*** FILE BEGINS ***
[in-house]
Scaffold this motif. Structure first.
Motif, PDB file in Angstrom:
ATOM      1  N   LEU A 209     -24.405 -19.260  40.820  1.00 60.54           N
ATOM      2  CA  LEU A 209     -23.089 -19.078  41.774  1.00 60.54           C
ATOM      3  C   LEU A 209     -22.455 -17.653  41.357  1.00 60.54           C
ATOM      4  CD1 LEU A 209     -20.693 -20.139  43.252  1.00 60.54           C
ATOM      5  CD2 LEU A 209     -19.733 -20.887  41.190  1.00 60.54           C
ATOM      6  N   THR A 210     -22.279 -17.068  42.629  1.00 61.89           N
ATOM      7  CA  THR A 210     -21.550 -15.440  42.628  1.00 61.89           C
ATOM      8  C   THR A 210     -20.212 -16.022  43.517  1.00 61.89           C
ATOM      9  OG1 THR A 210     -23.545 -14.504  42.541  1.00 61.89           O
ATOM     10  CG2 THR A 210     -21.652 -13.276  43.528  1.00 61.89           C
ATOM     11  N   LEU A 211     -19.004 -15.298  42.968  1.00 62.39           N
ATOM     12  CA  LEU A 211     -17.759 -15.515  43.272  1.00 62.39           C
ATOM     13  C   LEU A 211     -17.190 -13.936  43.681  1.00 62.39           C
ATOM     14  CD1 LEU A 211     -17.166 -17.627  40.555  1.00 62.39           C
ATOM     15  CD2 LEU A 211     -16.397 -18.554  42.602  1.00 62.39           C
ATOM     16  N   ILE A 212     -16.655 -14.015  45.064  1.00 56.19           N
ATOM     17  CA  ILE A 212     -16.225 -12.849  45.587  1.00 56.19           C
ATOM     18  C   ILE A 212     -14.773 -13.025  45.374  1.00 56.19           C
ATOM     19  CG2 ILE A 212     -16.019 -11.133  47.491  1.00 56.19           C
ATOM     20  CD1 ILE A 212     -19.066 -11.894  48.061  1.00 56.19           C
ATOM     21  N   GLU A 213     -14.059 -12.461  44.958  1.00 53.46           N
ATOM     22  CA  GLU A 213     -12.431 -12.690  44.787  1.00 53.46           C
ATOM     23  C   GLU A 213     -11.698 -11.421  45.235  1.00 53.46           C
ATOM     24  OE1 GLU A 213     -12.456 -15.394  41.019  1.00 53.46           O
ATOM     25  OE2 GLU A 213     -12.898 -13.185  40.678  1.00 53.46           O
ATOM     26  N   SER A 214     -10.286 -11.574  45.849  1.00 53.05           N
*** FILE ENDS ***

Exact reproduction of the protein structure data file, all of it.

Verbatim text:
[in-house]
Scaffold this motif. Structure first.
Motif, PDB file in Angstrom:
ATOM      1  N   LEU A 209     -24.405 -19.260  40.820  1.00 60.54           N
ATOM      2  CA  LEU A 209     -23.089 -19.078  41.774  1.00 60.54           C
ATOM      3  C   LEU A 209     -22.455 -17.653  41.357  1.00 60.54           C
ATOM      4  CD1 LEU A 209     -20.693 -20.139  43.252  1.00 60.54           C
ATOM      5  CD2 LEU A 209     -19.733 -20.887  41.190  1.00 60.54           C
ATOM      6  N   THR A 210     -22.279 -17.068  42.629  1.00 61.89           N
ATOM      7  CA  THR A 210     -21.550 -15.440  42.628  1.00 61.89           C
ATOM      8  C   THR A 210     -20.212 -16.022  43.517  1.00 61.89           C
ATOM      9  OG1 THR A 210     -23.545 -14.504  42.541  1.00 61.89           O
ATOM     10  CG2 THR A 210     -21.652 -13.276  43.528  1.00 61.89           C
ATOM     11  N   LEU A 211     -19.004 -15.298  42.968  1.00 62.39           N
ATOM     12  CA  LEU A 211     -17.759 -15.515  43.272  1.00 62.39           C
ATOM     13  C   LEU A 211     -17.190 -13.936  43.681  1.00 62.39           C
ATOM     14  CD1 LEU A 211     -17.166 -17.627  40.555  1.00 62.39           C
ATOM     15  CD2 LEU A 211     -16.397 -18.554  42.602  1.00 62.39           C
ATOM     16  N   ILE A 212     -16.655 -14.015  45.064  1.00 56.19           N
ATOM     17  CA  ILE A 212     -16.225 -12.849  45.587  1.00 56.19           C
ATOM     18  C   ILE A 212     -14.773 -13.025  45.374  1.00 56.19           C
ATOM     19  CG2 ILE A 212     -16.019 -11.133  47.491  1.00 56.19           C
ATOM     20  CD1 ILE A 212     -19.066 -11.894  48.061  1.00 56.19           C
ATOM     21  N   GLU A 213     -14.059 -12.461  44.958  1.00 53.46           N
ATOM     22  CA  GLU A 213     -12.431 -12.690  44.787  1.00 53.46           C
ATOM     23  C   GLU A 213     -11.698 -11.421  45.235  1.00 53.46           C
ATOM     24  OE1 GLU A 213     -12.456 -15.394  41.019  1.00 53.46           O
ATOM     25  OE2 GLU A 213     -12.898 -13.185  40.678  1.00 53.46           O
ATOM     26  N   SER A 214     -10.286 -11.574  45.849  1.00 53.05           N